, of course). This year, I have a little bit less free time, being employed and all, though I did get to check out quite a lot of it during a three day bachelor party weekend, and have kept up with the bigger goings-on since getting back to NYC Monday night.
The Barrister and The Scizz
Back with another installment of the Infinite Sadness podcast, the Scizz and I talked through a series of topics - most actually sports-related. Amazing how we can stay on topic when we're not drunk.
We discuss the Kings' Game 6 win and take jabs at their fan base and then have a lengthy discussion about the Sabres offseason as we approach free agency next month. We also discuss the NBA finals briefly, and give thanks to Guatemala for tossing the World Cup Qualifier on pay-per-view last night. Other tidbits include jokes about masturbation, Tim Connolly, our fantasy for Derek Roy's demise, and horse racing. We're classy.
Musical contributions from Jurassic 5 and Dilated Peoples.
Download and stream the cast, which runs about 30 minutes, below.
|File Size: ||29344 kb|
|File Type: || mp3|
My chosen sports have been fairly dormant, thus leaving the typical Yachtist rage to rest whilst I enjoy summer cocktails on the poop deck. Therefore I'd like to take this opportunity to thank Sunil Gulati and the rest of the crew at the U.S. Men's National Team for hiring Der Golden Bombenschutze, Jeurgen Klinsmann.
Ich Bin Ein Klinsmanner.
I have been a Bradley naysayer since the day he was hired, and a Klinsmann supporter since his name first started being bandied about by higher-ups at USMNT. Klinsmann's hiring represents a drastic and much needed change in direction for the USMNT and American football in general. This team has needed fresh new leadership since Bora Milutinovic left in 95. Instead, it was handed to trusted same-olds Steve Sampson, Bruce Arena, and Bob Bradley. The tremendous strides US Footy took from the late 80s into the mid-90s came to a screeching halt somewhere during the Arena tenure (2003, specifically) and have laid stagnant since. Before I go any further trashing the US Footy system, I'll drop this disclaimer: I am a firm believer that the USMNT can no longer look within for development. We need to bring Continental/International football wholly into the US. MLS has understood this for years, bringing in designated players and hiring international coaches. I don't know exactly what can be done, but bringing in the guy who set the framework for the Deutscheland Fussball Revolution is a pretty awesome start.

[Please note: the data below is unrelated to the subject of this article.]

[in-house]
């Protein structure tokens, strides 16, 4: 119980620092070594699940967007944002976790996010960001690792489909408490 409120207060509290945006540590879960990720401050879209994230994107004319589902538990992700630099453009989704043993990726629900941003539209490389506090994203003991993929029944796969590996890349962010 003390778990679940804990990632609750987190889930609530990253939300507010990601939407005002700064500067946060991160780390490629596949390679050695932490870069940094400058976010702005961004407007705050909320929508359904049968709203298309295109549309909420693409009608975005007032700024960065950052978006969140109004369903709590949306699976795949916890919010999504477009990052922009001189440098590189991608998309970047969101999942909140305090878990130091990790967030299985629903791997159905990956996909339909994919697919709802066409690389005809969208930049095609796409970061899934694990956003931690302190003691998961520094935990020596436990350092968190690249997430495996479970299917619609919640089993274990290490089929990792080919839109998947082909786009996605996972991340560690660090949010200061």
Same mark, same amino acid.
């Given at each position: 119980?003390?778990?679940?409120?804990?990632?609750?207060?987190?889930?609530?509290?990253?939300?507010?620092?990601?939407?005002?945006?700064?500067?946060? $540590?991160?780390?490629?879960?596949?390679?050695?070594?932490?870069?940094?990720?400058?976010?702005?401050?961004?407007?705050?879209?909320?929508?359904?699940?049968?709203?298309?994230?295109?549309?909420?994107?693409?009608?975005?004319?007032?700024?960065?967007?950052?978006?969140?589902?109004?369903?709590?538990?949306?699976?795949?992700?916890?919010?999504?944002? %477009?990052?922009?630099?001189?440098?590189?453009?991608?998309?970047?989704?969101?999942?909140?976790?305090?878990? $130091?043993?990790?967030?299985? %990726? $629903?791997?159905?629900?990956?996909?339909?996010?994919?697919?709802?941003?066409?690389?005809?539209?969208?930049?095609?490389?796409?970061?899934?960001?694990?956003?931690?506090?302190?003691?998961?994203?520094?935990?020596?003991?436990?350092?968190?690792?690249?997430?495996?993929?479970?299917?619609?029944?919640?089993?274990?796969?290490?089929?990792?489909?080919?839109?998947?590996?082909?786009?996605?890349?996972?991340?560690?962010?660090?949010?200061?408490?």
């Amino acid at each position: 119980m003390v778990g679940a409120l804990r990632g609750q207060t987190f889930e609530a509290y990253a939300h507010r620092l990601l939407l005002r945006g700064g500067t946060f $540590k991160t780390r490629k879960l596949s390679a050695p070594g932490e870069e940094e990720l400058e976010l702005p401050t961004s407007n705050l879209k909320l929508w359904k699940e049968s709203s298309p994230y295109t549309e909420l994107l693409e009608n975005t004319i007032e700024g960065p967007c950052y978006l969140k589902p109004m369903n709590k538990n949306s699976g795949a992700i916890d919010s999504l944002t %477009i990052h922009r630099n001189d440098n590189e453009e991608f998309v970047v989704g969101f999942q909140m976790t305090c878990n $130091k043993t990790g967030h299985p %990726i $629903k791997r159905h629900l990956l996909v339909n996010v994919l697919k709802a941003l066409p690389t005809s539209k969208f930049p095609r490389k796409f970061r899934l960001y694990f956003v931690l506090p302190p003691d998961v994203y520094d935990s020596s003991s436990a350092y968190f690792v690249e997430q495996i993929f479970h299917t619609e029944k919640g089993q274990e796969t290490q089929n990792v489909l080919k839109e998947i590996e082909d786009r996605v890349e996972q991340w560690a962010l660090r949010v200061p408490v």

Ja! Das is gut!
The hallmark of Klinsmann's brief stays at both Bayern Munich & Germany was the total revolution of the entire program. The German National Team was the most affected by this. Klinsmann brought together the entire coaching fraternity of the Bundesliga, explained the way he wanted Germans to be taught and how they should play (some were more open to the idea than others, however), and worked to instill that at all levels of German football. Additionally, he hired those around him to be successful in areas he wasn't (i.e. gameday coaching - the hiring of Joachim Low, now the current national team coach), improved facilities, and forced the German FA to think more forwardly in terms of exercise science, preparation, and injury rehabilitation.